In: American Journal of Kidney Diseases, Vol. 58, No. 2, 01.08.2011, p. 248-256.

Research output: Contribution to journalArticle

Noori, N, Dukkipati, R, Kovesdy, CP, Sim, JJ, Feroze, U, Murali, SB, Bross, R, Benner, D, Kopple, JD & Kalantar-Zadeh, K 2011, 'Dietary omega-3 fatty acid, ratio of omega-6 to omega-3 intake, inflammation, and survival in long-term hemodialysis patients', American Journal of Kidney Diseases, vol. 58, no. 2, pp. 248-256. https://doi.org/10.1053/j.ajkd.2011.03.017
Noori, Nazanin ; Dukkipati, Ramanath ; Kovesdy, Csaba P. ; Sim, John J. ; Feroze, Usama ; Murali, Sameer B. ; Bross, Rachelle ; Benner, Debbie ; Kopple, Joel D. ; Kalantar-Zadeh, Kamyar. / Dietary omega-3 fatty acid, ratio of omega-6 to omega-3 intake, inflammation, and survival in long-term hemodialysis patients. In: American Journal of Kidney Diseases. 2011 ; Vol. 58, No. 2. pp. 248-256.
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T1 - Dietary omega-3 fatty acid, ratio of omega-6 to omega-3 intake, inflammation, and survival in long-term hemodialysis patients

AU - Noori, Nazanin

AU - Dukkipati, Ramanath

AU - Kovesdy, Csaba P.

AU - Sim, John J.

AU - Feroze, Usama

AU - Murali, Sameer B.

AU - Bross, Rachelle

AU - Benner, Debbie

AU - Kopple, Joel D.

AU - Kalantar-Zadeh, Kamyar

PY - 2011/8/1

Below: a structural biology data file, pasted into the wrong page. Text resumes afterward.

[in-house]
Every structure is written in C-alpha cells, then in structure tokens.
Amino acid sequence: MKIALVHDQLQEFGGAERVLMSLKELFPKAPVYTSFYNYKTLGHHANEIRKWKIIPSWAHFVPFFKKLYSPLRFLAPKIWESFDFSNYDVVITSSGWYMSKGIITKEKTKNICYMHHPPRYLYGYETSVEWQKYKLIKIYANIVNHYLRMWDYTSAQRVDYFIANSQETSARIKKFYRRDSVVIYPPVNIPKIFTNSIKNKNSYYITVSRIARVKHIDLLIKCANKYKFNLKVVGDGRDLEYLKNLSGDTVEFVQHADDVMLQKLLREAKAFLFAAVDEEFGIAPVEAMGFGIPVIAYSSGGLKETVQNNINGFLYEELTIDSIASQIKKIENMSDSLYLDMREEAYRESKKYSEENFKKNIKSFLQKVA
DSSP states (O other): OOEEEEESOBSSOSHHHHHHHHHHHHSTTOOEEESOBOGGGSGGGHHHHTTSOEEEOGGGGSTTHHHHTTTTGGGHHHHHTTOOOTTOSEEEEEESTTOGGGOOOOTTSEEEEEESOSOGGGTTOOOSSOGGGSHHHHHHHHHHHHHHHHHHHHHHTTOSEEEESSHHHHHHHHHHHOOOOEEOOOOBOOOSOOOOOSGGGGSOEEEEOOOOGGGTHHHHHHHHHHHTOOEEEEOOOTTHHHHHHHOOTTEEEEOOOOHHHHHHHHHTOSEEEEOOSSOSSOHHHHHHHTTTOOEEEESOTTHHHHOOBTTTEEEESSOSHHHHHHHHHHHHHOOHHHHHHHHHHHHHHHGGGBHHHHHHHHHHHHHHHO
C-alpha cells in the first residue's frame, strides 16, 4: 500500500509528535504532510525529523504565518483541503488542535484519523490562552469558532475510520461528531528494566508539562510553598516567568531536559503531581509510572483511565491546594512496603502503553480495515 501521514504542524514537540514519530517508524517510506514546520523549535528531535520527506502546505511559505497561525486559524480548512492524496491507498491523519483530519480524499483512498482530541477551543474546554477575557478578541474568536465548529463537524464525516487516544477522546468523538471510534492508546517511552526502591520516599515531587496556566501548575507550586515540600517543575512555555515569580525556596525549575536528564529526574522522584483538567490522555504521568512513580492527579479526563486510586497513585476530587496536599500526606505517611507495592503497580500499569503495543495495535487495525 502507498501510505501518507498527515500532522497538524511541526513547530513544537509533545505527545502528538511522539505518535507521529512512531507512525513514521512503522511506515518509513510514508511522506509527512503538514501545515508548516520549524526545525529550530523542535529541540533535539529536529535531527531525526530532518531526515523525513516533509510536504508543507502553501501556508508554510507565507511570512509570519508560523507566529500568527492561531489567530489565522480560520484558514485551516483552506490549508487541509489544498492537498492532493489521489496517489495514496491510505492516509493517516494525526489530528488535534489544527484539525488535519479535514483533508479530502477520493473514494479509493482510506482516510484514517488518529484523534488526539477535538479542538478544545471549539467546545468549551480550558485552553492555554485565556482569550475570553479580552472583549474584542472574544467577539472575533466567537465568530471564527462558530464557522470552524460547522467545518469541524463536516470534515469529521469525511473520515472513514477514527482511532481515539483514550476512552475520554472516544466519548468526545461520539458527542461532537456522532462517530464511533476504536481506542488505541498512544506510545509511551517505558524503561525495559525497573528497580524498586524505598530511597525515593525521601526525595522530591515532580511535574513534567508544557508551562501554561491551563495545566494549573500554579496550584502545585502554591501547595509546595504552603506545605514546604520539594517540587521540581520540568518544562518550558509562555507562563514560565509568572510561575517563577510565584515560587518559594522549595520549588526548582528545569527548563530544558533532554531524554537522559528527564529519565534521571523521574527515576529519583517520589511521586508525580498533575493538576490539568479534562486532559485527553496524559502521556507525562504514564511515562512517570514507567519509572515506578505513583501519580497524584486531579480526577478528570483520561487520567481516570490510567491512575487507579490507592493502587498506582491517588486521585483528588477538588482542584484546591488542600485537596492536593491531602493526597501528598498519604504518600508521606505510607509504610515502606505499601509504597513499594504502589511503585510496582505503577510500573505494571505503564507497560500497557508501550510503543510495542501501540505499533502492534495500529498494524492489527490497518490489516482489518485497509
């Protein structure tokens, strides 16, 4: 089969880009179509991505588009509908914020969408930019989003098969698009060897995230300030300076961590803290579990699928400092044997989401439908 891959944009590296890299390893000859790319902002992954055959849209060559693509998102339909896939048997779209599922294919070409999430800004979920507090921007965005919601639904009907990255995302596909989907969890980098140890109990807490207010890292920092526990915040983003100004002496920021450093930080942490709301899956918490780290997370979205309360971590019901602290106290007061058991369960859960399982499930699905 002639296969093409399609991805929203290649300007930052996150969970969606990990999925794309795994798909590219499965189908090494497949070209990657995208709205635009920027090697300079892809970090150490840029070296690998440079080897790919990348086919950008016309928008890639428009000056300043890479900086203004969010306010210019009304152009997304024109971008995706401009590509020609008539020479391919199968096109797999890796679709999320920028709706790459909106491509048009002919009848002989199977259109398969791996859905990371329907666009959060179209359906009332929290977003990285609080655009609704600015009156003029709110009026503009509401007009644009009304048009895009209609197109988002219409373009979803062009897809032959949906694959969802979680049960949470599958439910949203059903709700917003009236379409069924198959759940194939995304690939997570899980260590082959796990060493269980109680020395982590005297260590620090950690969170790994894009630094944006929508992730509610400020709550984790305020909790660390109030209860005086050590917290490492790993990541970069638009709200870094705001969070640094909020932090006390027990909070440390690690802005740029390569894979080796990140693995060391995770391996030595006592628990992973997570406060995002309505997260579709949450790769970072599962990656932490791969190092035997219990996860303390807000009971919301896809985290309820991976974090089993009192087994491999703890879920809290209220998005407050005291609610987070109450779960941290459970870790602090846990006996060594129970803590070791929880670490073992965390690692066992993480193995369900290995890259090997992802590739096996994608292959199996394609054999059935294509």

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N2 - Background: Mortality in long-term hemodialysis patients is high, mostly attributed to cardiovascular events, and may be related to chronic inflammation. We hypothesized that the anti-inflammatory benefits of higher dietary intake of omega-3 compared with omega-6 polyunsaturated fatty acids may modulate the inflammatory processes and decrease death risk. Study Design: Prospective cohort study using linear and Cox proportional regressions. Setting & Participants: 145 hemodialysis patients from 8 DaVita dialysis clinics in Southern California in 2001-2007. Predictors: Intake of dietary omega-3 and ratio of omega-6 to omega-3 using 3-day food record supplemented by dietary interview. Outcomes: 1-year change in serum C-reactive protein (CRP) level and 6-year survival. Results: Patients were aged 53 ± 14 years (mean ± SD) and included 43% women and 42% African Americans. Median dietary omega-3 intake, ratio of omega-6 to omega-3 intake, baseline serum CRP level, and change in CRP level over 1 year were 1.1 (25th-75th percentile, 0.8-1.6) g/d, 9.3 (25th-75th percentile, 7.6-11.3), 3.1 (25th-75th percentile, 0.8-6.8) mg/L, and +0.2 (25th-75th percentile, -0.4 to +0.8) mg/L, respectively. In regression models adjusted for case-mix, dietary calorie and fat intake, body mass index, and history of hypertension, each 1-unit higher ratio of omega-6 to omega-3 intake was associated with a 0.55-mg/L increase in serum CRP level (P = 0.03). In the fully adjusted model, death HRs for the first (1.7-<7.6), second (7.6-<9.3), third (9.3-<11.3), and fourth (11.3-17.4) quartiles of dietary omega-6 to omega-3 ratio were 0.39 (95% CI, 0.14-1.18), 0.30 (95% CI, 0.09-0.99), 0.67 (95% CI, 0.25-1.79), and 1.00 (reference), respectively (P for trend = 0.06). Limitations: 3-day food record may underestimate actual dietary fat intake at an individual level. Conclusions: Higher dietary omega-6 to omega-3 ratio appears to be associated with both worsening inflammation over time and a trend toward higher death risk in hemodialysis patients. Additional studies including interventional trials are needed to examine the association of dietary fatty acids with clinical outcomes in these patients.